matrix metallopeptidase 1 (interstitial collagenase)
Symbol MMP1
Entrez 4312
HUGO 7155
OMIM 120353
RefSeq NM_002421
UniProt P03956
Other data
EC number
Locus Chr. 11 q21-q22
matrix metallopeptidase 8 (neutrophil collagenase)
Symbol MMP8
Entrez 4317
HUGO 7175
OMIM 120355
RefSeq NM_002424
UniProt P22894
Other data
EC number
Locus Chr. 11 q21-q22

Collagenases are enzymes that break the peptide bonds in collagen.

They assist in destroying extracellular structures in pathogenesis of bacteria such as Clostridium. They are an exotoxin (a virulence factor) and help to facilitate the spread of gas gangrene. They normally target the connective tissue in muscle cells and other body organs.[1]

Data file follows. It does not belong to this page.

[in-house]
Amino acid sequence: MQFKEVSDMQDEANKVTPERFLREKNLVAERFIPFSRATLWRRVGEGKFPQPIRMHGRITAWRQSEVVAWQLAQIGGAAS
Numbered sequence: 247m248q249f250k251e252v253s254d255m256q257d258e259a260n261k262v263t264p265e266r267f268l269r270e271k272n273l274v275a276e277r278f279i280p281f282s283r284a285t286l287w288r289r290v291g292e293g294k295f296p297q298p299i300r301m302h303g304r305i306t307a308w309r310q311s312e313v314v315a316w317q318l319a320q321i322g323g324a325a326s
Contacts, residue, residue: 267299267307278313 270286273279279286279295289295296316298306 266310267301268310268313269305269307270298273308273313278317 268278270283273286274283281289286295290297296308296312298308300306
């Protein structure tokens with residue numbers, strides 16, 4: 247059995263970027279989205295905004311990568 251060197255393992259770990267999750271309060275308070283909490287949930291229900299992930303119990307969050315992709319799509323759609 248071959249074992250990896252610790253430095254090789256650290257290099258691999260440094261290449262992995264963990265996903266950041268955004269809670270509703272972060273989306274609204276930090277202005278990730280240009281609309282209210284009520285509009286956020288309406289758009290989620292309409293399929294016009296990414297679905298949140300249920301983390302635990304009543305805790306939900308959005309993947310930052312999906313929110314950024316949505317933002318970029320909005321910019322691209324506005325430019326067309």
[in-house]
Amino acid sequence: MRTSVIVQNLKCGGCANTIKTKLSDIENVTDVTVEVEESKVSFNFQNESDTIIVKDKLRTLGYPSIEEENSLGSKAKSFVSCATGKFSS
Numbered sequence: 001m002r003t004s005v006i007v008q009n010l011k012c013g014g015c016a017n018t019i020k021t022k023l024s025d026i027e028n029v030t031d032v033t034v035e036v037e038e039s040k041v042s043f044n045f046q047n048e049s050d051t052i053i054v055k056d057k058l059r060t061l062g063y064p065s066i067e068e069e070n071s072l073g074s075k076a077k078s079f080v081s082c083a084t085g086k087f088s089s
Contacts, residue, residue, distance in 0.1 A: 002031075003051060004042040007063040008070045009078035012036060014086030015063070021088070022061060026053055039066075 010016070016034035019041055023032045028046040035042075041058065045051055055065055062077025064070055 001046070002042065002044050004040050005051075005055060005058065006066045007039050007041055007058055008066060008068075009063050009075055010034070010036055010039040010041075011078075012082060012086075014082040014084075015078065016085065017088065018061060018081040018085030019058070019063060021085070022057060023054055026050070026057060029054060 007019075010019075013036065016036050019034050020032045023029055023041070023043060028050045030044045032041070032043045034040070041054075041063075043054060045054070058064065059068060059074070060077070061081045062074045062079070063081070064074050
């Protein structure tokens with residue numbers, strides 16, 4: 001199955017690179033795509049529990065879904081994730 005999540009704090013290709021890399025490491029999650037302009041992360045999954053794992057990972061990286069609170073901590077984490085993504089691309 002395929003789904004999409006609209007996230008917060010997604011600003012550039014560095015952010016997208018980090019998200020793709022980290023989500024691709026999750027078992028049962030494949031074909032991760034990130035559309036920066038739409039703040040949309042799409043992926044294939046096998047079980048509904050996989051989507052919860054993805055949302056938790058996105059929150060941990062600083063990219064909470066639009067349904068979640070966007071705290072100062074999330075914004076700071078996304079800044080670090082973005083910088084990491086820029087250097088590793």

Collagen, a key component of the animal extracellular matrix, is made through cleavage of pro-collagen by collagenase once it has been secreted from the cell. This stops large structures from forming inside the cell itself.

Collagenase production can be induced during an immune response, by cytokines that stimulate cells such as fibroblasts and osteoblasts, and cause indirect tissue damage.[citation needed]


Therapeutic uses

Collagenases have been approved for medical uses for

Collagenases and Peyronie's disease

Collagenase remains an investigational drug for the treatment of Peyronie's disease. [2] It has presented a documented efficiency in reducing the size of plaques or in some cases eliminating them.[3]

See also


  1. ^ Gerard J. Tortora, Berdell R. Funke, Cristine L. Case (2007). Microbiology: an introduction. Pearson Benjamin Cummings. ISBN 03-213-960-30. 
  2. ^
  3. ^

External links